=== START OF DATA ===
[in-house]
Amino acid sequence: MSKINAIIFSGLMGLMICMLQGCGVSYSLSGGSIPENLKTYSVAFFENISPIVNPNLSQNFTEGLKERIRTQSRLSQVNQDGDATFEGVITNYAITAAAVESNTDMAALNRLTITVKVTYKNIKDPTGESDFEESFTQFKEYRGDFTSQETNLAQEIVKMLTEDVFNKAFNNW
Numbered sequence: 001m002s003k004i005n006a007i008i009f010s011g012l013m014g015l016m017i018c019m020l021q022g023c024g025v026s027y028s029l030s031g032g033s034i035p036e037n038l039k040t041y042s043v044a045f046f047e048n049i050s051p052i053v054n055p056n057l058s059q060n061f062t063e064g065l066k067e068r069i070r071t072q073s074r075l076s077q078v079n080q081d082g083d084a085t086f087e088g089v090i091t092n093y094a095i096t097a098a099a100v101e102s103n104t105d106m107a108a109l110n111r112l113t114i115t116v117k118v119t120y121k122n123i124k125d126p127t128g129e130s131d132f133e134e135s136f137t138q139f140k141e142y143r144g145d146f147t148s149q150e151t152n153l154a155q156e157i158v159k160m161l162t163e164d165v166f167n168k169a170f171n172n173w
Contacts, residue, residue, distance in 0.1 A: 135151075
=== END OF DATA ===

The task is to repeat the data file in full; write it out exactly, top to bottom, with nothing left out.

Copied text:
[in-house]
Amino acid sequence: MSKINAIIFSGLMGLMICMLQGCGVSYSLSGGSIPENLKTYSVAFFENISPIVNPNLSQNFTEGLKERIRTQSRLSQVNQDGDATFEGVITNYAITAAAVESNTDMAALNRLTITVKVTYKNIKDPTGESDFEESFTQFKEYRGDFTSQETNLAQEIVKMLTEDVFNKAFNNW
Numbered sequence: 001m002s003k004i005n006a007i008i009f010s011g012l013m014g015l016m017i018c019m020l021q022g023c024g025v026s027y028s029l030s031g032g033s034i035p036e037n038l039k040t041y042s043v044a045f046f047e048n049i050s051p052i053v054n055p056n057l058s059q060n061f062t063e064g065l066k067e068r069i070r071t072q073s074r075l076s077q078v079n080q081d082g083d084a085t086f087e088g089v090i091t092n093y094a095i096t097a098a099a100v101e102s103n104t105d106m107a108a109l110n111r112l113t114i115t116v117k118v119t120y121k122n123i124k125d126p127t128g129e130s131d132f133e134e135s136f137t138q139f140k141e142y143r144g145d146f147t148s149q150e151t152n153l154a155q156e157i158v159k160m161l162t163e164d165v166f167n168k169a170f171n172n173w
Contacts, residue, residue, distance in 0.1 A: 135151075